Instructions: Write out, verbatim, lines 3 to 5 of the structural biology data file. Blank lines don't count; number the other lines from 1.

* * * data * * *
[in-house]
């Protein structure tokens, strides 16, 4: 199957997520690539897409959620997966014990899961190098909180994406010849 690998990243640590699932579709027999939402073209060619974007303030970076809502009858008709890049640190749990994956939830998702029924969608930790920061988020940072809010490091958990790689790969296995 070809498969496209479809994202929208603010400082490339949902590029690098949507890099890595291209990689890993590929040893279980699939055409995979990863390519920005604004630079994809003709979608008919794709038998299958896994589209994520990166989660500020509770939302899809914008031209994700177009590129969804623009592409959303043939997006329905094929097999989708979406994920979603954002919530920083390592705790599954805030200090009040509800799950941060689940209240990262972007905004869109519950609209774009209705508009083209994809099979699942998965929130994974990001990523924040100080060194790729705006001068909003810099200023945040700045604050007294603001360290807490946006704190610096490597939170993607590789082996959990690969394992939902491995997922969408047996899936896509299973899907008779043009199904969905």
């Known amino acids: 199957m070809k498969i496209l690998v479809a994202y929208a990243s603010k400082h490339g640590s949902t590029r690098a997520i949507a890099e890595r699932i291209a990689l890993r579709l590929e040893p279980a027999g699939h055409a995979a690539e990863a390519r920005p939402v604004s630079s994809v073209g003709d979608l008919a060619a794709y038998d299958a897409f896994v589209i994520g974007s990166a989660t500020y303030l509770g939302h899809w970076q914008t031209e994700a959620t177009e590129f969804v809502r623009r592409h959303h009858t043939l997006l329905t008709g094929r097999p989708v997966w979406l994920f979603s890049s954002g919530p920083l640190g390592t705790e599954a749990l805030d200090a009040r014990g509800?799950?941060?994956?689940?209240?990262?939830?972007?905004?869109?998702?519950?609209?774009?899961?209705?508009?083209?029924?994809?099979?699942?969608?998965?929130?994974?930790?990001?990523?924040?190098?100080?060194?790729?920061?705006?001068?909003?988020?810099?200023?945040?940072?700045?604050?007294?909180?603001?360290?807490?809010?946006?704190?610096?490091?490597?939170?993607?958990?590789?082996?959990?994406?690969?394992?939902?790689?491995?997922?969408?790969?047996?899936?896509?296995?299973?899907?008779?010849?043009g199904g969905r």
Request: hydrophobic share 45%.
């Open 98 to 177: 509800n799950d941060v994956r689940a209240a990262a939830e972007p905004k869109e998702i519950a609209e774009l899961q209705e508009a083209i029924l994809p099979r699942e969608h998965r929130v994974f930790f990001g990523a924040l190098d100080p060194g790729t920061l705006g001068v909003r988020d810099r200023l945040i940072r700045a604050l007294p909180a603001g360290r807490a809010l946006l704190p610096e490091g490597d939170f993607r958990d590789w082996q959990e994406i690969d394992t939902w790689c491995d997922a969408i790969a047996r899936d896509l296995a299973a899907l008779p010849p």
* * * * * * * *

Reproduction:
């Known amino acids: 199957m070809k498969i496209l690998v479809a994202y929208a990243s603010k400082h490339g640590s949902t590029r690098a997520i949507a890099e890595r699932i291209a990689l890993r579709l590929e040893p279980a027999g699939h055409a995979a690539e990863a390519r920005p939402v604004s630079s994809v073209g003709d979608l008919a060619a794709y038998d299958a897409f896994v589209i994520g974007s990166a989660t500020y303030l509770g939302h899809w970076q914008t031209e994700a959620t177009e590129f969804v809502r623009r592409h959303h009858t043939l997006l329905t008709g094929r097999p989708v997966w979406l994920f979603s890049s954002g919530p920083l640190g390592t705790e599954a749990l805030d200090a009040r014990g509800?799950?941060?994956?689940?209240?990262?939830?972007?905004?869109?998702?519950?609209?774009?899961?209705?508009?083209?029924?994809?099979?699942?969608?998965?929130?994974?930790?990001?990523?924040?190098?100080?060194?790729?920061?705006?001068?909003?988020?810099?200023?945040?940072?700045?604050?007294?909180?603001?360290?807490?809010?946006?704190?610096?490091?490597?939170?993607?958990?590789?082996?959990?994406?690969?394992?939902?790689?491995?997922?969408?790969?047996?899936?896509?296995?299973?899907?008779?010849?043009g199904g969905r």
Request: hydrophobic share 45%.
């Open 98 to 177: 509800n799950d941060v994956r689940a209240a990262a939830e972007p905004k869109e998702i519950a609209e774009l899961q209705e508009a083209i029924l994809p099979r699942e969608h998965r929130v994974f930790f990001g990523a924040l190098d100080p060194g790729t920061l705006g001068v909003r988020d810099r200023l945040i940072r700045a604050l007294p909180a603001g360290r807490a809010l946006l704190p610096e490091g490597d939170f993607r958990d590789w082996q959990e994406i690969d394992t939902w790689c491995d997922a969408i790969a047996r899936d896509l296995a299973a899907l008779p010849p």